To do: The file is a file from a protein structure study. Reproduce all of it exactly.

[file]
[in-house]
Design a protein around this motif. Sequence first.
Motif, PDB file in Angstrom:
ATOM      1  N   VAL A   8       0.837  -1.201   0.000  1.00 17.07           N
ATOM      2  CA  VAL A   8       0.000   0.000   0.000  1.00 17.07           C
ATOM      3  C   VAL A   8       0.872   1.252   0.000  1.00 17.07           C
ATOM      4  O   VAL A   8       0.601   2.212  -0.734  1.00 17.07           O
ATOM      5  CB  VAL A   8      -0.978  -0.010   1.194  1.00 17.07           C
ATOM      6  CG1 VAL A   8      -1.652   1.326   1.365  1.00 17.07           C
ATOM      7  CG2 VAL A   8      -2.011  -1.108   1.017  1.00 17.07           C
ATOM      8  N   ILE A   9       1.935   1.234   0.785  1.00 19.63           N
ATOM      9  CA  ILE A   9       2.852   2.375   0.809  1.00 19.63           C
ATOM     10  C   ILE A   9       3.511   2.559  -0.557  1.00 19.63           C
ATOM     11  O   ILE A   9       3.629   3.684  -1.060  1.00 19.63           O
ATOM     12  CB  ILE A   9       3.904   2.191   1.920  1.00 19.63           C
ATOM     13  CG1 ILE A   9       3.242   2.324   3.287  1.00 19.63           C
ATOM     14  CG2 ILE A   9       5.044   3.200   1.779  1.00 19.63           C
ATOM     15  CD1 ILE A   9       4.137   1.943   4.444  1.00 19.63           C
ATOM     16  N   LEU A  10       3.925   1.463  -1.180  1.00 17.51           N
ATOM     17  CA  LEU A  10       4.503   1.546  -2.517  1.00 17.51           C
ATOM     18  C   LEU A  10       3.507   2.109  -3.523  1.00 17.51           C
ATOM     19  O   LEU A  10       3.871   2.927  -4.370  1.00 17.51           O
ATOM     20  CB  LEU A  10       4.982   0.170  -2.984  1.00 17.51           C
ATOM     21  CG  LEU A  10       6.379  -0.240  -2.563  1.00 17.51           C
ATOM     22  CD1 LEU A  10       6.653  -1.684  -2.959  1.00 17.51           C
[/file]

[in-house]
Design a protein around this motif. Sequence first.
Motif, PDB file in Angstrom:
ATOM      1  N   VAL A   8       0.837  -1.201   0.000  1.00 17.07           N
ATOM      2  CA  VAL A   8       0.000   0.000   0.000  1.00 17.07           C
ATOM      3  C   VAL A   8       0.872   1.252   0.000  1.00 17.07           C
ATOM      4  O   VAL A   8       0.601   2.212  -0.734  1.00 17.07           O
ATOM      5  CB  VAL A   8      -0.978  -0.010   1.194  1.00 17.07           C
ATOM      6  CG1 VAL A   8      -1.652   1.326   1.365  1.00 17.07           C
ATOM      7  CG2 VAL A   8      -2.011  -1.108   1.017  1.00 17.07           C
ATOM      8  N   ILE A   9       1.935   1.234   0.785  1.00 19.63           N
ATOM      9  CA  ILE A   9       2.852   2.375   0.809  1.00 19.63           C
ATOM     10  C   ILE A   9       3.511   2.559  -0.557  1.00 19.63           C
ATOM     11  O   ILE A   9       3.629   3.684  -1.060  1.00 19.63           O
ATOM     12  CB  ILE A   9       3.904   2.191   1.920  1.00 19.63           C
ATOM     13  CG1 ILE A   9       3.242   2.324   3.287  1.00 19.63           C
ATOM     14  CG2 ILE A   9       5.044   3.200   1.779  1.00 19.63           C
ATOM     15  CD1 ILE A   9       4.137   1.943   4.444  1.00 19.63           C
ATOM     16  N   LEU A  10       3.925   1.463  -1.180  1.00 17.51           N
ATOM     17  CA  LEU A  10       4.503   1.546  -2.517  1.00 17.51           C
ATOM     18  C   LEU A  10       3.507   2.109  -3.523  1.00 17.51           C
ATOM     19  O   LEU A  10       3.871   2.927  -4.370  1.00 17.51           O
ATOM     20  CB  LEU A  10       4.982   0.170  -2.984  1.00 17.51           C
ATOM     21  CG  LEU A  10       6.379  -0.240  -2.563  1.00 17.51           C
ATOM     22  CD1 LEU A  10       6.653  -1.684  -2.959  1.00 17.51           C